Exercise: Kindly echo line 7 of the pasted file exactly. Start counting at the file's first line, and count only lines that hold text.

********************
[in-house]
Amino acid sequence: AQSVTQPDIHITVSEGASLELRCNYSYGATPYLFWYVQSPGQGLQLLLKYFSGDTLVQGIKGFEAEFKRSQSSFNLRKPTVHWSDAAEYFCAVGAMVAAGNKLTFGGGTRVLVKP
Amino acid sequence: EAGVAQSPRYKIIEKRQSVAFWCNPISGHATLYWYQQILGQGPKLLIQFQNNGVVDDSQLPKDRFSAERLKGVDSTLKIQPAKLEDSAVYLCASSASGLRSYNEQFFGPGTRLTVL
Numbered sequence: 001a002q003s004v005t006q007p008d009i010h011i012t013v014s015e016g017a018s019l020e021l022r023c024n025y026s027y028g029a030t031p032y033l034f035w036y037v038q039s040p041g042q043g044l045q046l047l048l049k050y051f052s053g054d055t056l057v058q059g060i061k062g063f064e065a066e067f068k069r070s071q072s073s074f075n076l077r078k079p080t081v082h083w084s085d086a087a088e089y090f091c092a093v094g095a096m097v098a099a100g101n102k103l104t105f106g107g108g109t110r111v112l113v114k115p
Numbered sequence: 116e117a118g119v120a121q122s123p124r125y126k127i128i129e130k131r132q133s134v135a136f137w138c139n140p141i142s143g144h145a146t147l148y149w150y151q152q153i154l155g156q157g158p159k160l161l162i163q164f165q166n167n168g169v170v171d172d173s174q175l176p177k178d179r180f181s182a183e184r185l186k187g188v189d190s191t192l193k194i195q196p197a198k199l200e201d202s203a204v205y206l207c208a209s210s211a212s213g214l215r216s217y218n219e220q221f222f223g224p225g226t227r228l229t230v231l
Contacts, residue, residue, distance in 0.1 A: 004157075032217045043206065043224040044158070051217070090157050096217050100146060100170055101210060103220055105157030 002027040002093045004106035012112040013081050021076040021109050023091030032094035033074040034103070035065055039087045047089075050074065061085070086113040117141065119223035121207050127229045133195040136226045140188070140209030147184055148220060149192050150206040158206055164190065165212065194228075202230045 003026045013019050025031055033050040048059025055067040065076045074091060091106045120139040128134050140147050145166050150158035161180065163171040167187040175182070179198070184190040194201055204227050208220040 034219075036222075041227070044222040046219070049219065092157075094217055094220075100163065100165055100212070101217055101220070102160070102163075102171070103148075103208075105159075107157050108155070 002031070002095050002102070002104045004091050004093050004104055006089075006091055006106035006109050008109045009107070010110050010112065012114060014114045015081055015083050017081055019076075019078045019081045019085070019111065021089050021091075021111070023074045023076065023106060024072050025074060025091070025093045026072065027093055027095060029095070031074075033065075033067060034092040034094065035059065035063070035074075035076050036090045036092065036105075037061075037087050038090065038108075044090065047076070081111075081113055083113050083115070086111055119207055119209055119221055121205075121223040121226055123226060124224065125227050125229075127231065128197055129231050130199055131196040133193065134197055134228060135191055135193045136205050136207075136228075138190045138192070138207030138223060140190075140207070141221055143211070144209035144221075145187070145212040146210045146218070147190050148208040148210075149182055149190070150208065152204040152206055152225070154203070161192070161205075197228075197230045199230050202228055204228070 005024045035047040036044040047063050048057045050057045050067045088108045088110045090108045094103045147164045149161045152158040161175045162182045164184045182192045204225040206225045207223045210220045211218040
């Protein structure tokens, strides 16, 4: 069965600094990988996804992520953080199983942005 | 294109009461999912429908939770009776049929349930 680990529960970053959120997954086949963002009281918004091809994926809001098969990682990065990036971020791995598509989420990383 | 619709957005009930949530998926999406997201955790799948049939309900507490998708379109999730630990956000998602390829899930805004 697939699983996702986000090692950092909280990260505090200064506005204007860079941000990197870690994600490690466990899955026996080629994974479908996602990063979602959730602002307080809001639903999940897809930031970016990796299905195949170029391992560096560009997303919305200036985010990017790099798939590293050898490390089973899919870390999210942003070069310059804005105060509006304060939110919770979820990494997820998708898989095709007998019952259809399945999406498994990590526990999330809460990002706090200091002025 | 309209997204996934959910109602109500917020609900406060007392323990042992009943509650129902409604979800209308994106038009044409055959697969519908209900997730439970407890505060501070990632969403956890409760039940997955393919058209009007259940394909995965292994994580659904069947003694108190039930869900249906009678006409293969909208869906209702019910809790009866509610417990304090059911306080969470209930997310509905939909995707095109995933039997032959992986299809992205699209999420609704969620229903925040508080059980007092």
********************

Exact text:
């Protein structure tokens, strides 16, 4: 069965600094990988996804992520953080199983942005 | 294109009461999912429908939770009776049929349930 680990529960970053959120997954086949963002009281918004091809994926809001098969990682990065990036971020791995598509989420990383 | 619709957005009930949530998926999406997201955790799948049939309900507490998708379109999730630990956000998602390829899930805004 697939699983996702986000090692950092909280990260505090200064506005204007860079941000990197870690994600490690466990899955026996080629994974479908996602990063979602959730602002307080809001639903999940897809930031970016990796299905195949170029391992560096560009997303919305200036985010990017790099798939590293050898490390089973899919870390999210942003070069310059804005105060509006304060939110919770979820990494997820998708898989095709007998019952259809399945999406498994990590526990999330809460990002706090200091002025 | 309209997204996934959910109602109500917020609900406060007392323990042992009943509650129902409604979800209308994106038009044409055959697969519908209900997730439970407890505060501070990632969403956890409760039940997955393919058209009007259940394909995965292994994580659904069947003694108190039930869900249906009678006409293969909208869906209702019910809790009866509610417990304090059911306080969470209930997310509905939909995707095109995933039997032959992986299809992205699209999420609704969620229903925040508080059980007092």